Estate Planning & Unpaid Debts
When we pass, there will be debts that are left unpaid even if we stay caught up with our financial obligations. At the very least, there will be the medical bills accrued towards the end of life and any bills that can end up delinquent as a result of illness. There are more ways that you'll leave unpaid debts behind after you die, so knowing how to prepare for them in advance with a good estate plan is essential.
What Happens at Probate?
When anyone dies, their estate goes through the probate process, and this process can take anywhere from a month to up to two years. The length of time your estate remains in probate will depend on a variety of factors, including the laws of your state and the number of creditors seeking payment. A larger number of creditors, or a bigger overall claim against the estate, will prolong this period. During probate, the estate is used to pay off death taxes and debts. If there isn't enough cash to cover these obligations, items in the estate, such as valuable works of art and real estate, may be sold to cover the remaining amounts owed. Once taxes and debts are paid, the probate process ends with the executor satisfying the terms of the will by providing heirs with their inheritances.
Which Assets are Protected?
You may be concerned that cash, or personal items, that you intend to leave to your loved ones will be liquidated and used to satisfy your debts. There are a number of ways an estate planning attorney can help you to sidestep this situation and protect the inheritances you want to leave for your spouse, children, or others. First, it's important to know that life insurance policies, retirement funds, and similar investment tools are separate from your estate. Upon your death, the value of these accounts will be passed to the beneficiaries you name in each of the documents. Since these assets aren't named in the will, they aren't a part of the probate process. You can also ask your estate planning lawyer to help you draft a living trust. The living trust is a private document that doesn't become a part of the probate process, so it helps protect specific assets from being liquidated. You can include real estate, personal assets, or family heirlooms in the living trust to keep them within the family and to ensure your loved ones receive what you intend to leave for them.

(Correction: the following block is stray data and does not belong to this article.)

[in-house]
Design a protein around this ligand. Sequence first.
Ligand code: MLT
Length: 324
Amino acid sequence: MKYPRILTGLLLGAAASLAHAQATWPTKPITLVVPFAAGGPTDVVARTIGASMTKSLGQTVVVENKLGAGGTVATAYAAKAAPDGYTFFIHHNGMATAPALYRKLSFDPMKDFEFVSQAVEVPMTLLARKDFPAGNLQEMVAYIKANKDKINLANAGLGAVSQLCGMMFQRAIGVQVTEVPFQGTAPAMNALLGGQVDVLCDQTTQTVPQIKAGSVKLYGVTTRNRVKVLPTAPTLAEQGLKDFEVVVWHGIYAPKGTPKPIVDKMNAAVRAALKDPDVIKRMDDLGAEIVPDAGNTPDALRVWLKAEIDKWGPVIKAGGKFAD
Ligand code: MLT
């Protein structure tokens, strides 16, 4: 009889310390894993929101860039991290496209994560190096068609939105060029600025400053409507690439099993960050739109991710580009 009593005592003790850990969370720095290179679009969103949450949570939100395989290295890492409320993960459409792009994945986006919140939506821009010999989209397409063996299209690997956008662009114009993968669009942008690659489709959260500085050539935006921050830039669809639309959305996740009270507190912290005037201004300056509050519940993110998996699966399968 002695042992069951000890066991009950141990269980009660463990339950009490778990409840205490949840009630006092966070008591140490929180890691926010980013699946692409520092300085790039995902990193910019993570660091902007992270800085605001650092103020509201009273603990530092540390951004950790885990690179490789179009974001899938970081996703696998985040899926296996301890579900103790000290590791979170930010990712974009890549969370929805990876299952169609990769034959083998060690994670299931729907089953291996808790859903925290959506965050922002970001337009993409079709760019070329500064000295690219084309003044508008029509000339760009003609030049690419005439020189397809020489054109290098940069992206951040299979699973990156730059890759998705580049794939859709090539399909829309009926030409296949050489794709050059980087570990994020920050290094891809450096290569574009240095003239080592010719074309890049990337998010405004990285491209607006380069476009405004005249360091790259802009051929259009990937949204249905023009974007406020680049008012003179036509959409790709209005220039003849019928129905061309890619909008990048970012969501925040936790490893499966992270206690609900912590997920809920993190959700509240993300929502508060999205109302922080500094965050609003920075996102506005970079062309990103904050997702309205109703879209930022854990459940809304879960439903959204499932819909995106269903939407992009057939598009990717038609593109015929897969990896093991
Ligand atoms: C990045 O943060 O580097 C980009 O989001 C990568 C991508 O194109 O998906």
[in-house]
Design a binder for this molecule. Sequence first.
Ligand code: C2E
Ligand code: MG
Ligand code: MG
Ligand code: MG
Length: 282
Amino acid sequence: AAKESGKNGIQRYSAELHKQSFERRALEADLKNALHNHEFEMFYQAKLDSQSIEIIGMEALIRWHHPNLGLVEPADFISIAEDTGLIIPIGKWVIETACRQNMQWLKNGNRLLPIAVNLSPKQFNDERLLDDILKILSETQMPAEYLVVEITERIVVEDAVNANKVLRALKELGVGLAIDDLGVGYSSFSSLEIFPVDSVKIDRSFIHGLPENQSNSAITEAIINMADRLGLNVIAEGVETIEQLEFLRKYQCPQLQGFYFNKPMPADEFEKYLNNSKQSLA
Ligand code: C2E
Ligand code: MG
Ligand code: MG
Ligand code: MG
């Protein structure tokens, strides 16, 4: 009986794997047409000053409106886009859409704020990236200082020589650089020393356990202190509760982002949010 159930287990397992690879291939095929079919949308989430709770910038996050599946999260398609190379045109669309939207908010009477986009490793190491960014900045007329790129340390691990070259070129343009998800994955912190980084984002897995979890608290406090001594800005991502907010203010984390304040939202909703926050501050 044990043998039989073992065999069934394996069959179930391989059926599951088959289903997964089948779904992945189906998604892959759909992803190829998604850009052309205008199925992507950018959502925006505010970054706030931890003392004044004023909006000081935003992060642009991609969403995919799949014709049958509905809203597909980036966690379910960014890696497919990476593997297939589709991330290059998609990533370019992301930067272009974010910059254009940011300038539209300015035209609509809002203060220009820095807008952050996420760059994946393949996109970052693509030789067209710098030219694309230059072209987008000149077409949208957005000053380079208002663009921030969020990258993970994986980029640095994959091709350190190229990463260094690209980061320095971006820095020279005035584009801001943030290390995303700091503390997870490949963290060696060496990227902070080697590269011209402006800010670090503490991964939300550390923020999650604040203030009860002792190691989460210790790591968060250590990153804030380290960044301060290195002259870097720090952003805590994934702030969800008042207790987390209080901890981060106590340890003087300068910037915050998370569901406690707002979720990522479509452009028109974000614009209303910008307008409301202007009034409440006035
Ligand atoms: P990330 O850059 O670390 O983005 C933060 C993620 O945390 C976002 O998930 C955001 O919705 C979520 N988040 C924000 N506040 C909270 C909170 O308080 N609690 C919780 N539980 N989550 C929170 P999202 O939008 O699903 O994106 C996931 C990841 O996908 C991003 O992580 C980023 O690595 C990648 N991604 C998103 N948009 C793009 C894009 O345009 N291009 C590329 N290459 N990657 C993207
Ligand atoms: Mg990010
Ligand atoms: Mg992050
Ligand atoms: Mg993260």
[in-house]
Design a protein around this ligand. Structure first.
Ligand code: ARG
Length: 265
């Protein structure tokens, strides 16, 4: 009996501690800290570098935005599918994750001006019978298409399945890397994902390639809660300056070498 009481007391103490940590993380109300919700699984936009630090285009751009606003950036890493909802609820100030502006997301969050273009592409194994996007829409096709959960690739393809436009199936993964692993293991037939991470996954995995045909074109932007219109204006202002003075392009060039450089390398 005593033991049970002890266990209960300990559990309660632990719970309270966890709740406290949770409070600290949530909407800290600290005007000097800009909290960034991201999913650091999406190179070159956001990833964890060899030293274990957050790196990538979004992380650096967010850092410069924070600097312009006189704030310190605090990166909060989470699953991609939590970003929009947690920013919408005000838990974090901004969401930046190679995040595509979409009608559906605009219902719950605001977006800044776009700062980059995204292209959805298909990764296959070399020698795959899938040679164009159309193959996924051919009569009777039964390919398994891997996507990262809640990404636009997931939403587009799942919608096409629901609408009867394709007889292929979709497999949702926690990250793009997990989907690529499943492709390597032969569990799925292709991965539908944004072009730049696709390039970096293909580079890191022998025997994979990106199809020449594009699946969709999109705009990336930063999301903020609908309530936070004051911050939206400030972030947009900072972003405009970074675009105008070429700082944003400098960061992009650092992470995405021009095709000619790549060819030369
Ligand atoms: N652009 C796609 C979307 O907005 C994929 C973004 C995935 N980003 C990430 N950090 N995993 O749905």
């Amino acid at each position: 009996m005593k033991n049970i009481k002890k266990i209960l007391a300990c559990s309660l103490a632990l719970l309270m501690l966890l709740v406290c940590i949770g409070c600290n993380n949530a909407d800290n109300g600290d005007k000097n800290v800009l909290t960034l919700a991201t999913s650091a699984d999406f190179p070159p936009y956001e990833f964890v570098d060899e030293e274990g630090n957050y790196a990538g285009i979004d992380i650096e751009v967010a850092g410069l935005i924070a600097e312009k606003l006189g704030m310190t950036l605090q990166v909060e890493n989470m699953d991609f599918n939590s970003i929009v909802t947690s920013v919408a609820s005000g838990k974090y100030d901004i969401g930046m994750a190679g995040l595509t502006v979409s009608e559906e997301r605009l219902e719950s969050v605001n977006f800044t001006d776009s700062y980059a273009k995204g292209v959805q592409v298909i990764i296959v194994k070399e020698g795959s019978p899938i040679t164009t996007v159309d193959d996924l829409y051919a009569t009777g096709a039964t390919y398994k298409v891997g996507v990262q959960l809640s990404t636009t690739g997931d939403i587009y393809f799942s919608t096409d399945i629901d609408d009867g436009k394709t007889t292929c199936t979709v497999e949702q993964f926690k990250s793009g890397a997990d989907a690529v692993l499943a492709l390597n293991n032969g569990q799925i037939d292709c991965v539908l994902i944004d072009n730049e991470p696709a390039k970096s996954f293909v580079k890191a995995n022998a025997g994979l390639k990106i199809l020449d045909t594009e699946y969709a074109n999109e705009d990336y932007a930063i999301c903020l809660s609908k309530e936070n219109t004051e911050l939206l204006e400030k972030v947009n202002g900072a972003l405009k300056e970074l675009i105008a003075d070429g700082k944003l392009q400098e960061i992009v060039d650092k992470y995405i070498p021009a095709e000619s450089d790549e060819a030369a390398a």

What Can You Do About Unpaid Debts?
There are some debts that will automatically pass to your spouse upon your death. Primarily, this includes loans, mortgages, and credit cards that name your spouse as a co-owner on the account. Once you die, your spouse will be responsible for taking over these financial responsibilities until they have been repaid. Typically, the only option in eliminating these debts is to write a letter to each creditor, explaining that there has been a death and asking for debt forgiveness. This type of request isn't always approved, but it can work in some cases. If you have children in college, you can trust that their student loans won't place an extra burden on the family. Federal student loans and Parent PLUS loans are forgiven upon the death of a parent, or if the student passes away. This ensures your children won't be saddled with that debt, while they're coping with the grief of loss. Every person's situation is different, requiring different estate planning tools. When you visit a lawyer skilled in probate and estate planning, they can tailor a plan that will take your specific concerns into account. A good estate plan will help you ensure your family and your assets are protected after you're gone.